The Oklahoma Department of Corrections Community Corrections Division supervises Probation and Parole Officers working throughout the state. Probation and Parole Officer careers in Oklahoma are unique in that they involve providing social services and performing law enforcement duties. Oklahoma Probation and Parole Officer Jobs involve supervising those on probation, parole, or inmate reentry programs through the Oklahoma Department of Corrections.
- Grand Canyon University - B.S. in Justice Studies and M.S. in Criminal Justice
- SNHU - A.S. in Criminal Justice, B.S. in Criminal Justice - Corrections, and M.S. in Criminal Justice
- Strayer University - Bachelors of Science Degree in Criminal Justice
As of 2012, the Department of Community Corrections has authorized 374 probation and parole officer positions in Oklahoma, and 281 of them are filled. Probation and parole officer careers in Oklahoma may be based in any of the 60 field offices located across the state. They are divided into six districts: Southeast, Southwest, Northeast, Northwest, Central, and Tulsa County. There is also an Oklahoma County Community Corrections/Residential Service and District Office.
Education Necessary to Become a Probation and Parole Officer in Oklahoma
Before a candidate can become a probation and parole officer in Oklahoma through training, certain requirements must be met. For entry-level Oklahoma probation and parole officer jobs, candidates must have a bachelor’s degree, and must have completed at least 24 credit hours in any combination of these fields: sociology, psychology, social work, education, criminology, police science, penology or criminal justice administration. No experience is required for entry-level probation and parole officer jobs in Oklahoma.
Disqualifying Factors for Probation and Parole Officer Jobs in Oklahoma
Because of the law enforcement aspect of the Oklahoma probation and parole officer position, certain factors will disqualify an applicant from becoming a probation and parole officer in Oklahoma. Probation and parole officers in Oklahoma must qualify for peace officer status, which means that they must have no felony convictions, no sex offense convictions, no domestic violence convictions, and must pass physical, psychological and drug testing. All applicants also need a valid Oklahoma driver’s license in order to be hired as a probation and parole officer in Oklahoma.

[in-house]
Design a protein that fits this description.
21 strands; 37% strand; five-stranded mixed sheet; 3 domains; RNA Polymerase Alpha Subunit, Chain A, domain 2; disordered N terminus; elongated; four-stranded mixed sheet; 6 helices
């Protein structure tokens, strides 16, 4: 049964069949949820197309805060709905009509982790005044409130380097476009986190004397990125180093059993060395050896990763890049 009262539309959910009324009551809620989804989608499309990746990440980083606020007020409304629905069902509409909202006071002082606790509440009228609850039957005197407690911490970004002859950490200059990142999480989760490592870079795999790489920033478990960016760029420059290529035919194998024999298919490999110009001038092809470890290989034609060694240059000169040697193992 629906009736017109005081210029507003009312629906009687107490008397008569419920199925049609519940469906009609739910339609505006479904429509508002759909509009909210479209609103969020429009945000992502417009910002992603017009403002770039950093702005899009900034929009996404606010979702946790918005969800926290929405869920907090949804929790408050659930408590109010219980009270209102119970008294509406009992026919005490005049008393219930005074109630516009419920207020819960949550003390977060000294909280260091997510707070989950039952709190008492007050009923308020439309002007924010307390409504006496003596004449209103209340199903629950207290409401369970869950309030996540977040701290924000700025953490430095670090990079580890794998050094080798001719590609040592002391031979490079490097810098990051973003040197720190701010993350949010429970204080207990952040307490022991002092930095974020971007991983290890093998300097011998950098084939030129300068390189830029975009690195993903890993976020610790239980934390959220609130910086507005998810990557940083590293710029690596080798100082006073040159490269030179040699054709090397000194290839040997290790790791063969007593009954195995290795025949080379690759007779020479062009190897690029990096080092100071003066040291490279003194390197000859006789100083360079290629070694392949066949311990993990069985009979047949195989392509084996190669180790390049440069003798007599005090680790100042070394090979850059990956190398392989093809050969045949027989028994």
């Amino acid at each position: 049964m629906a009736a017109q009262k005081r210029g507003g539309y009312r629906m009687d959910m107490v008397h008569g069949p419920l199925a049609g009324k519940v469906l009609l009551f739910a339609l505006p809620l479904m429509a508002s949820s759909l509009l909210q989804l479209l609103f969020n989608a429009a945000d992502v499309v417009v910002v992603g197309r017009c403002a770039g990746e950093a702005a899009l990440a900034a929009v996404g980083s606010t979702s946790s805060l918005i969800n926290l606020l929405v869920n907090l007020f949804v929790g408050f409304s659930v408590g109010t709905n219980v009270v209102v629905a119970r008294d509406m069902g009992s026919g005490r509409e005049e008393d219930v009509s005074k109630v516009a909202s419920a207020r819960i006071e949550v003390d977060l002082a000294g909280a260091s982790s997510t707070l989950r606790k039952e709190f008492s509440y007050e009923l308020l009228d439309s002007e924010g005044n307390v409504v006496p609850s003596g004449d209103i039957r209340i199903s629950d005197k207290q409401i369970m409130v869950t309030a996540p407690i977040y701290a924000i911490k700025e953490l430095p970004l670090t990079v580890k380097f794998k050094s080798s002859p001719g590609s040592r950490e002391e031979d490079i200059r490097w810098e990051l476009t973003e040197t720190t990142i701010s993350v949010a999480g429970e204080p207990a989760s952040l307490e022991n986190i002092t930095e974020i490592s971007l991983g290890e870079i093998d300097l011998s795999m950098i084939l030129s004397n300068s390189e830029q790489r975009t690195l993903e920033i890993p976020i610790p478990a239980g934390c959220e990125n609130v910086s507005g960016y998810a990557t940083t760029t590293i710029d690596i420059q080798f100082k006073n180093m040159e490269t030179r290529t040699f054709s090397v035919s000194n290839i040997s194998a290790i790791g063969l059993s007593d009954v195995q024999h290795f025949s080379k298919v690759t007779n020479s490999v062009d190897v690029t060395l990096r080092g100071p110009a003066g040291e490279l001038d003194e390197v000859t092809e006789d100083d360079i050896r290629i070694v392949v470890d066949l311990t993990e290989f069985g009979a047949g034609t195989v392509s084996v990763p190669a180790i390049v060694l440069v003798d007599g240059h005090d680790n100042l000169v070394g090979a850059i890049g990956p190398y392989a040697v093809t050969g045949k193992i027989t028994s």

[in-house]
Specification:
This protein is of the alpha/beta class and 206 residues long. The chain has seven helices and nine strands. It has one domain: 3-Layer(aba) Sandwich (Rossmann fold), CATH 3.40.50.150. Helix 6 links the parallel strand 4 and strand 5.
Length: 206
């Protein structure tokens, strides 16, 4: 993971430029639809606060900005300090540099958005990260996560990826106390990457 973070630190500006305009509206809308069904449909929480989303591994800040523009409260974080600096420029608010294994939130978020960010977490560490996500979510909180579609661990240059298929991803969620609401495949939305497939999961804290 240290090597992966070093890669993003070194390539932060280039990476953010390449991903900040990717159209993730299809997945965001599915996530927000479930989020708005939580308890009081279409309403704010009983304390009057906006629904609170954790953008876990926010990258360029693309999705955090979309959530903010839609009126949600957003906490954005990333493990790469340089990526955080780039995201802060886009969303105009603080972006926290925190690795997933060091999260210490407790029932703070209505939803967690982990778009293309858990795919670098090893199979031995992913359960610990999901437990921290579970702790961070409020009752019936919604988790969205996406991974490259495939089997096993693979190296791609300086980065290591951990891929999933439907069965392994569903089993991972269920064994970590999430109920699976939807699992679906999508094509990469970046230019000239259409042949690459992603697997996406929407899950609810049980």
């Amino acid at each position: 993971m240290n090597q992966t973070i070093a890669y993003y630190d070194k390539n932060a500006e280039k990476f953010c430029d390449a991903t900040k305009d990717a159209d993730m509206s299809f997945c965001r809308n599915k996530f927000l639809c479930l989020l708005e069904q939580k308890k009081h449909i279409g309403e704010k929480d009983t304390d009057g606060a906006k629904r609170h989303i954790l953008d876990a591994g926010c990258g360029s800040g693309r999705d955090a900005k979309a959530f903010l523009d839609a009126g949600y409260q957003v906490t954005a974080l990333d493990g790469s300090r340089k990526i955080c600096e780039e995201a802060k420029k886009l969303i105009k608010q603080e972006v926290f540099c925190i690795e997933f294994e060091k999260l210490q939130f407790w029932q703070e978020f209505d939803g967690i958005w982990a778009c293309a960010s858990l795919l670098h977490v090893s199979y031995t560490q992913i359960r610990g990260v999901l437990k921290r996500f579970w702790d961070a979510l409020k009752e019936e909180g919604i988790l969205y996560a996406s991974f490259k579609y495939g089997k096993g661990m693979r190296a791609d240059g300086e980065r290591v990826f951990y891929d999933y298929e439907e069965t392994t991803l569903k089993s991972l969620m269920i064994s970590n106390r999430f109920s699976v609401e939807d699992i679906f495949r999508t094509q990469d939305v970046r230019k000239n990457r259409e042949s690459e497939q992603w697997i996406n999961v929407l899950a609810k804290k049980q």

Applications for open probation and parole officer jobs in Oklahoma must be submitted online through the Department of Corrections website.
Training for Probation and Parole Officers in Oklahoma
Once hired, probation and parole officers in Oklahoma must first complete law enforcement education in order to receive peace officer commission. The Council on Law Enforcement and Training, or CLEET, requires all students to pass a reading, writing and comprehension test with a score of 70 or better before entering the State of Oklahoma Law Enforcement Training Center in Ada. CLEET training will take a little more than three months to complete, and will instruct students in the basics of law enforcement including firearms, custody control, driving, and practical instruction.
All new probation and parole officers in Oklahoma must then complete specific training for the position. Training is divided into Part I and Part II. Part I exercises must be completed on the job within a new hire’s first sixty days of employment. They will consist of 40 hours of orientation, familiarizing new hires with agency rules, regulations and website. Part II takes place at the Oklahoma Correctional Training Academy in Oklahoma City. This instruction totals four weeks and includes coursework in risk/need assessment, substance abusing offenders, cognitive programs, mental health offenders, electronic monitoring, computer based supervision programs, transitional case planning, and field assignments.
Continuing Education for Probation and Parole Officers in Oklahoma
In order to maintain CLEET certification, probation and parole officers must complete 25 hours of CLEET-approved continuing education each year, including two hours on mental health. Additionally, the Department of Corrections requires completion of 40 hours of continuing education annually.